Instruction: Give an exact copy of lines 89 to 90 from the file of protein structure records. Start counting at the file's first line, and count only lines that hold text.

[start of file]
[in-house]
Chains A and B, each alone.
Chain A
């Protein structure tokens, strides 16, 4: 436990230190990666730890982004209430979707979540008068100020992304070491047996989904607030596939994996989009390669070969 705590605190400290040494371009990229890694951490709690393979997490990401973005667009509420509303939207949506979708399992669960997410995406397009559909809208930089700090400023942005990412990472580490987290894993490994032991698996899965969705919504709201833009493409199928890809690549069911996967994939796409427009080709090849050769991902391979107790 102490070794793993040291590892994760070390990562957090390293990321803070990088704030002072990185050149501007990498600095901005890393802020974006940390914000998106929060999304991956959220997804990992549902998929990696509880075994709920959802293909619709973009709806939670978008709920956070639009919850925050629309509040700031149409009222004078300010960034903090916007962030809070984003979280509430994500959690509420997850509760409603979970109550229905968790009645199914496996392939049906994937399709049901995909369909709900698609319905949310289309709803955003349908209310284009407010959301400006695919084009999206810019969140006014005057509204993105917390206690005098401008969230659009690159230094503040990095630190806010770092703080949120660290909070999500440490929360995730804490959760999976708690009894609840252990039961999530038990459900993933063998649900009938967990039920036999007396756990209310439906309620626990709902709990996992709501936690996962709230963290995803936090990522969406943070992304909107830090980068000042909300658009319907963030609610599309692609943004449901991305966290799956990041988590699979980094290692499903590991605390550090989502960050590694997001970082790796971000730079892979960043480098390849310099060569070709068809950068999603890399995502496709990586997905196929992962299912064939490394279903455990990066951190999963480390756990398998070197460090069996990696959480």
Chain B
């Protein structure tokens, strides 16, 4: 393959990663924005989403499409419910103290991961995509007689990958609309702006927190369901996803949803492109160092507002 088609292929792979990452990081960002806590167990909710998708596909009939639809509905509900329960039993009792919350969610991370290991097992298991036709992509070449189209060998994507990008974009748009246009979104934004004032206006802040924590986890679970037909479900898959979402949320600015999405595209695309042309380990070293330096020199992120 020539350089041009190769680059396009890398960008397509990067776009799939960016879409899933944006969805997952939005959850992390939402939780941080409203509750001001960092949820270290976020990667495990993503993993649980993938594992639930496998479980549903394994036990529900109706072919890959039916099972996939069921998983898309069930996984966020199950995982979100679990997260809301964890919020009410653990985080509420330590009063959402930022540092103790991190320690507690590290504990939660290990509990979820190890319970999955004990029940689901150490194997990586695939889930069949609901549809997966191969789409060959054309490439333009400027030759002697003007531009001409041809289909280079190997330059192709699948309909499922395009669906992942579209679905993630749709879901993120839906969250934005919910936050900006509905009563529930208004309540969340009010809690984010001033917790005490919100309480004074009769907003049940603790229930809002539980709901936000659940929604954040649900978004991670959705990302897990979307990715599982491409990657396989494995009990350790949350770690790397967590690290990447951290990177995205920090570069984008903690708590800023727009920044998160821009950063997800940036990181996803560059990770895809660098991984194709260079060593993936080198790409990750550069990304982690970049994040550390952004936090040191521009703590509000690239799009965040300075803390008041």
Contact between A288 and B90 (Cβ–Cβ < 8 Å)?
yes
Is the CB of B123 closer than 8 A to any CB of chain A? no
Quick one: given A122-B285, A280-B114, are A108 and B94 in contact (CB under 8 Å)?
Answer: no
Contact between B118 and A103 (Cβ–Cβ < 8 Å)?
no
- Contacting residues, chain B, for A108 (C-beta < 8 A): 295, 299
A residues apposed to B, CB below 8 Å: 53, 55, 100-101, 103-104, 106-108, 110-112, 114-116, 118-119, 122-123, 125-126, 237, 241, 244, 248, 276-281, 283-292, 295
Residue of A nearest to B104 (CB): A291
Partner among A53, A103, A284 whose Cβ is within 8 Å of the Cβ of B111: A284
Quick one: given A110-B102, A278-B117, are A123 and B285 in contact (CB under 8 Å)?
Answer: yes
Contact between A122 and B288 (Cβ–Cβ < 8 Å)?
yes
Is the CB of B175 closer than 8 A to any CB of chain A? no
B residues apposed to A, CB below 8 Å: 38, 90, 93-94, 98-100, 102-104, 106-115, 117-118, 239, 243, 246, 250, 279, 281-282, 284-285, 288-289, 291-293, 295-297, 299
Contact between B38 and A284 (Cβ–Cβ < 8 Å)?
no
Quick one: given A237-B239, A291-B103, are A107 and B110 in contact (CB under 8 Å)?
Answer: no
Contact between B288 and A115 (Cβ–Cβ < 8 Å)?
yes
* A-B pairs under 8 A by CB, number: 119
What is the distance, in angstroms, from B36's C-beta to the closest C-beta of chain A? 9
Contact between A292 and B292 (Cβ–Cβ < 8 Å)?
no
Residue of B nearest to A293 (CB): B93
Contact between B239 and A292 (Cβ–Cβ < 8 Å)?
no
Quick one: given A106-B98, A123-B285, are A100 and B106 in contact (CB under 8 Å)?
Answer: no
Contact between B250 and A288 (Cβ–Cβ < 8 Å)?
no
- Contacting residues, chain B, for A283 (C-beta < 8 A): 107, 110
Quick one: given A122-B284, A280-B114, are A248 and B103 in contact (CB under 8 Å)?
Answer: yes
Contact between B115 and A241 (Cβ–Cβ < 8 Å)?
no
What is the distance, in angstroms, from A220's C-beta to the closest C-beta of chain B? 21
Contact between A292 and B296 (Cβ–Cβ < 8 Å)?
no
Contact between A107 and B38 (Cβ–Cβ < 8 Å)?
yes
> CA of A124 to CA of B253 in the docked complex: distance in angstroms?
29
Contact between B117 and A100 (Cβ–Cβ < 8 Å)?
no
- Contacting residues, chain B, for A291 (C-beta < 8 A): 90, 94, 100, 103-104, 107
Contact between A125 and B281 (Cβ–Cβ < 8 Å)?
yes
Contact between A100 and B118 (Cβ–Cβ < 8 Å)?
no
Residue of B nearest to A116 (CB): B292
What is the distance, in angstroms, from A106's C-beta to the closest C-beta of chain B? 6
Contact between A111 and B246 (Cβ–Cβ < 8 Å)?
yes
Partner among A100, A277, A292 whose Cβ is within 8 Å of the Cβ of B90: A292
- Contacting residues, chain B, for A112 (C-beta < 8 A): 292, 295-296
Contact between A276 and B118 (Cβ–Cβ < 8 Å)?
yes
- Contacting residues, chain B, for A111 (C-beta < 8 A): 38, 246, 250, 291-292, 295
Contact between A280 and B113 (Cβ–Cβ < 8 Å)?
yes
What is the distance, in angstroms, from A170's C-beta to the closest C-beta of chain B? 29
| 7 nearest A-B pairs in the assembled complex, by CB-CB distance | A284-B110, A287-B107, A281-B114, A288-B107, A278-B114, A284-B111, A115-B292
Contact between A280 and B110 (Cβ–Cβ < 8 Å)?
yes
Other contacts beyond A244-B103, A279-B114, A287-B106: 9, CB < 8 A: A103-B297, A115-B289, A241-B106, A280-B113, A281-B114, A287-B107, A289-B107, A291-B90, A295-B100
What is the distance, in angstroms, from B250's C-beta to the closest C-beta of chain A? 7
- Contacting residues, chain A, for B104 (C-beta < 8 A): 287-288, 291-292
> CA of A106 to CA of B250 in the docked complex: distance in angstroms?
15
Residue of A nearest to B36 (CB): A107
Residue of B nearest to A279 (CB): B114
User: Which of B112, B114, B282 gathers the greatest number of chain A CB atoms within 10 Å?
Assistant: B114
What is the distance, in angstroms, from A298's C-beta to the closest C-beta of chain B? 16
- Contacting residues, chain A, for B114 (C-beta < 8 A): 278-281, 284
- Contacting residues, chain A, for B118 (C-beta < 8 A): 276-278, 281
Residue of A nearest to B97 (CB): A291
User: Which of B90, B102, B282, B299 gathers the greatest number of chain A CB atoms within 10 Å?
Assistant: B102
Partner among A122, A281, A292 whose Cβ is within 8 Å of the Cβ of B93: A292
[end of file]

Assistant: B102
Partner among A122, A281, A292 whose Cβ is within 8 Å of the Cβ of B93: A292